Local film industry’s Manhattan transfer bid


The local film industry’s efforts to position SA as a world-class film-making destination were boosted this week when a group of South Africans jetted off to New York to rub shoulders with the rich and famous at the Tribeca Film Festival.

Eighteen film makers are spending this week in New York City, attending the Tribeca Film Festival, and other events, as part of a government-sponsored mission to boost SA’s film fortunes. SA’s burgeoning movie-making industry has been identified as a key area of growth for the local economy, and this working visit to the Big Apple is part of a greater plan to ensure that its potential is fully realised.

Representatives of the Cape Film Commission, the Gauteng Film Office and the Department of Trade and Industry are accompanying the group to New York, to help facilitate meetings and establish relationships that will prepare for future visits by other South African film makers. Cape Film Commission CEO Denis Lille says the aim is to increase the number of South Africans in the trade mission to 30 next year.

"The South African film and TV industry is becoming an important one," he says. "Just from the Cape Film Commission’s point of view, we’ve seen that close to 35,000 jobs have been created in the Western Cape alone over the past financial year and approximately R5.5bn to R5.7bn worth of business was being done," says Mr Lille.

According to the Department of Trade and Industry, SA’s entertainment industry is valued at about R7,4bn, with film and television generating more than R5,8bn in economic activity each year.

Lille says this figure is likely to be around the R35bn mark when taking into account the international productions in SA. He says the commission has been targeting growth in the film industry to pick up the slack from manufacturing.

As recently as last week, it was confirmed that the City of Cape Town has been in talks to host the Tribeca festival from next year, after the commission teamed up with espAfrika — organiser of the Cape Town International Jazz Festival — to bring the red carpet event to SA.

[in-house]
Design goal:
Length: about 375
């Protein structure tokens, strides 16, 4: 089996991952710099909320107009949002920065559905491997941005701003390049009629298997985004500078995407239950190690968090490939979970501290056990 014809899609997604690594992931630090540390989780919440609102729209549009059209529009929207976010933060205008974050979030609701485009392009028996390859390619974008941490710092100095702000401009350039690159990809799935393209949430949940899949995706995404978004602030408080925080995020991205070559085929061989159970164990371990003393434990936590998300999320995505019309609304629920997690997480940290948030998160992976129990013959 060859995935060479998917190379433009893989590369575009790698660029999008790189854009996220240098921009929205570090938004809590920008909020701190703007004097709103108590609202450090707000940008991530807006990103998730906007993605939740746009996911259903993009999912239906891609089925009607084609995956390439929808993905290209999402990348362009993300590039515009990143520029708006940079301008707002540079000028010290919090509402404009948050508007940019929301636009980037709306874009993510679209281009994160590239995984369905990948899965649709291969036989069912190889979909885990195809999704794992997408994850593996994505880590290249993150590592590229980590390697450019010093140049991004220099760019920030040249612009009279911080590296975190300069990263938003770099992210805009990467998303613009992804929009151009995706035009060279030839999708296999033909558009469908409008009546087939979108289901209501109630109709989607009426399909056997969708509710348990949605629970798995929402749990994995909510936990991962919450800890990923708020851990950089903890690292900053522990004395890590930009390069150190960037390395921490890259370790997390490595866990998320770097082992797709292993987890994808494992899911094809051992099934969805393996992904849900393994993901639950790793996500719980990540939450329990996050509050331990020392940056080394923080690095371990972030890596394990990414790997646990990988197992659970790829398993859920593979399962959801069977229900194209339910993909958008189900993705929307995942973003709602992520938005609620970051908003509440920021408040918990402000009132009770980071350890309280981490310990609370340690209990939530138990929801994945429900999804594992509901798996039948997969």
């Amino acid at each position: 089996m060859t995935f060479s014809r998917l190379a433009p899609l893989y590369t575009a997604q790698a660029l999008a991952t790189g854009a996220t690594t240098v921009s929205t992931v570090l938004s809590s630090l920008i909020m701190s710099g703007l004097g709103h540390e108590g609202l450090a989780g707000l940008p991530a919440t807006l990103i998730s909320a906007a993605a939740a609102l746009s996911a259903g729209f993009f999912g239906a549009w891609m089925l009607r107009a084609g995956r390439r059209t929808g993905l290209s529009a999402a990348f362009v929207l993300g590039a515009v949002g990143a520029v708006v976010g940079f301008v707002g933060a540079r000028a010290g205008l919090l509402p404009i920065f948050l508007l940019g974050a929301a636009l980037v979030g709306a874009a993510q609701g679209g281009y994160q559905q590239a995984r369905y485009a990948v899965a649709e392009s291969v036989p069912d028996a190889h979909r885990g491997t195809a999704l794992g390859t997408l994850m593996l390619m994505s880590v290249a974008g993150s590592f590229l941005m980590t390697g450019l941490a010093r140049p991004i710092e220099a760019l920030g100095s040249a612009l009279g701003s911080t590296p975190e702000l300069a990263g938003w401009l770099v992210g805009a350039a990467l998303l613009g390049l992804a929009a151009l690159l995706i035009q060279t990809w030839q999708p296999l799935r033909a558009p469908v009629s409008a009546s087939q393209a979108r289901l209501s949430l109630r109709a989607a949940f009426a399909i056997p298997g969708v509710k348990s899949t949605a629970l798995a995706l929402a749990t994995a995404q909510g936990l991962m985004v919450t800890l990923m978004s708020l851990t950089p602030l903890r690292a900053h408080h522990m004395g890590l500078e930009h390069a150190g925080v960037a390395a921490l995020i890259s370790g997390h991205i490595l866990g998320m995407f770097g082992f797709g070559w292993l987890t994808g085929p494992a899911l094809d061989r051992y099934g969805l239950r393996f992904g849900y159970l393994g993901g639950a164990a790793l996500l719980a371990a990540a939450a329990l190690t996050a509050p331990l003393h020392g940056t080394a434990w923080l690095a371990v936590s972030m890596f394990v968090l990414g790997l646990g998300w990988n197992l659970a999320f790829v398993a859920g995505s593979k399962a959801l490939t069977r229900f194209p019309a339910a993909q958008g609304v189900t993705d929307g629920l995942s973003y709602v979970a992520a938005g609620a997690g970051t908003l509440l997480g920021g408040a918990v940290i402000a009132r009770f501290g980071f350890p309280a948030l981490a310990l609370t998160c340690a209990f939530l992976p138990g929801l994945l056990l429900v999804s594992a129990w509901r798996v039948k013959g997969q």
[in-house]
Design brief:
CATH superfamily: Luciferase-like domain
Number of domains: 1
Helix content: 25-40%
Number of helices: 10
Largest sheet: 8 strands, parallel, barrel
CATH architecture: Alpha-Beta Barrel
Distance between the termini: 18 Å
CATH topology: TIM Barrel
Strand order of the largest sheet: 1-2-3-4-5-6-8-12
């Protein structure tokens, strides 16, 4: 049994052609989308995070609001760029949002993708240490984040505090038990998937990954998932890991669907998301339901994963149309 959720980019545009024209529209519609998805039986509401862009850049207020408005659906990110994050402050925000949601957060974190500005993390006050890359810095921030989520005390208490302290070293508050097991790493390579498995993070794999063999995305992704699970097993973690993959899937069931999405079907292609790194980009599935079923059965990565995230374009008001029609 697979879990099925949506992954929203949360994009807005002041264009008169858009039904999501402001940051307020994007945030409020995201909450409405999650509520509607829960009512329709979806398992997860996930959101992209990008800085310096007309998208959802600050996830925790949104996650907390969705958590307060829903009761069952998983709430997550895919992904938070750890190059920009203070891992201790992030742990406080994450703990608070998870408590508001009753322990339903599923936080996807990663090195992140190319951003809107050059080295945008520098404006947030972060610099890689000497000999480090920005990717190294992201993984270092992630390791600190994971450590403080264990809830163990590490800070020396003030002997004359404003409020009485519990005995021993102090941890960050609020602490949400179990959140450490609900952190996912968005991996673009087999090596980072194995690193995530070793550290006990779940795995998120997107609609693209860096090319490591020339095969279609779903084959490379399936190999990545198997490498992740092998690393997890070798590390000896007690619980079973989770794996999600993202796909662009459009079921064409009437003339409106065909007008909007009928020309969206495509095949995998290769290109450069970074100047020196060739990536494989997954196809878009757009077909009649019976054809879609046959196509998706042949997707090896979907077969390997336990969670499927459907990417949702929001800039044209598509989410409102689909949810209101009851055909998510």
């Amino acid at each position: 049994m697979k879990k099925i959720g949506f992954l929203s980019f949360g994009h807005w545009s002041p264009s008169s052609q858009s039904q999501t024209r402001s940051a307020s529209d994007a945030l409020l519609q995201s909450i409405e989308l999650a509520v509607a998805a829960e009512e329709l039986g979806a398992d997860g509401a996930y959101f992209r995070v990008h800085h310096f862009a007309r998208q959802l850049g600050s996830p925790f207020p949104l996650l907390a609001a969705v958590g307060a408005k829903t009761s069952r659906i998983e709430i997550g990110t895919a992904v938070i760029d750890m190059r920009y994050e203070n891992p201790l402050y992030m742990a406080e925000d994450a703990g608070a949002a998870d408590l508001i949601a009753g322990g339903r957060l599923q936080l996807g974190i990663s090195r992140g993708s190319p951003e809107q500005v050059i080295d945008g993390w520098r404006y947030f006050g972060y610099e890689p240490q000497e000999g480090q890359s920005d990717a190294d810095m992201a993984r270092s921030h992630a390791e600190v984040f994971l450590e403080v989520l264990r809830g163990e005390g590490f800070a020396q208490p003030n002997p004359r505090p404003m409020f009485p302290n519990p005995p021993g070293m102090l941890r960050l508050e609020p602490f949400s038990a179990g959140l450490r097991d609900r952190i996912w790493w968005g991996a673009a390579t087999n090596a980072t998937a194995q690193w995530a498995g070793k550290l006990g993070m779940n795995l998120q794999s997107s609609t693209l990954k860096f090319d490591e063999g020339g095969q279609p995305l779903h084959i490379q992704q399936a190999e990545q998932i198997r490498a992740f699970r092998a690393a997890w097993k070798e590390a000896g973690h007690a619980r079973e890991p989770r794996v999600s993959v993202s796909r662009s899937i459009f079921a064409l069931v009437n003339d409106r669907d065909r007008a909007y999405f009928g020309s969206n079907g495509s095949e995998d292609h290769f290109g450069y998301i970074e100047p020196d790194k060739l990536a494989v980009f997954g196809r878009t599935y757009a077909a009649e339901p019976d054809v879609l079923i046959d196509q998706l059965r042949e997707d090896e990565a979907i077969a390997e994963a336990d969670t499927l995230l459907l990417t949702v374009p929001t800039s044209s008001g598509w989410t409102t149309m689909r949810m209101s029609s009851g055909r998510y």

The Tribeca Film Festival was founded in 2002 by award-winning actor Robert de Niro, film producer Jane Rosenthal and her spouse Craig Hatkoff in response to the September 11 attack on the World Trade Centre, and aimed to revitalise the Tribeca district in Lower Manhattan.

It draws an estimated 3-million people — including often elusive celebrities of art, film, and music — and generates $600m annually.

There are two objectives for the visit to New York — to promote SA as a film-making destination to investors and producers in the US, specifically in media-rich New York, and also to form relationships with the film and TV industry to get distribution and investment deals.

A showreel of projects currently on the go, looking for funding or distribution, was displayed at the South African consulate in New York last Thursday, while a networking cocktail event took place the next day. Projects in the pipeline include Zola Maseko’s feature film based on a Zakes Mda novel, The Whale Caller, and a sci-fi film set in apocalyptic Cape Town called Sweetheart.

Mr Lille drew attention to SA’s animation skills, and the film Zambezia, which has made the journey from being a short clip shown at the Cannes Film Festival a few years ago, to being picked up by Sony, featuring the voice talents of Abigail Breslin and Samuel L Jackson, and is due for release in the next month.

He says the challenge is not in selling the quality, but in identifying the right people to take the film projects to their next stage.

"That’s part of the purpose of this delegation — getting a relationship with the department, the consulate and the Tribeca so that our film makers will have access to that network," he says.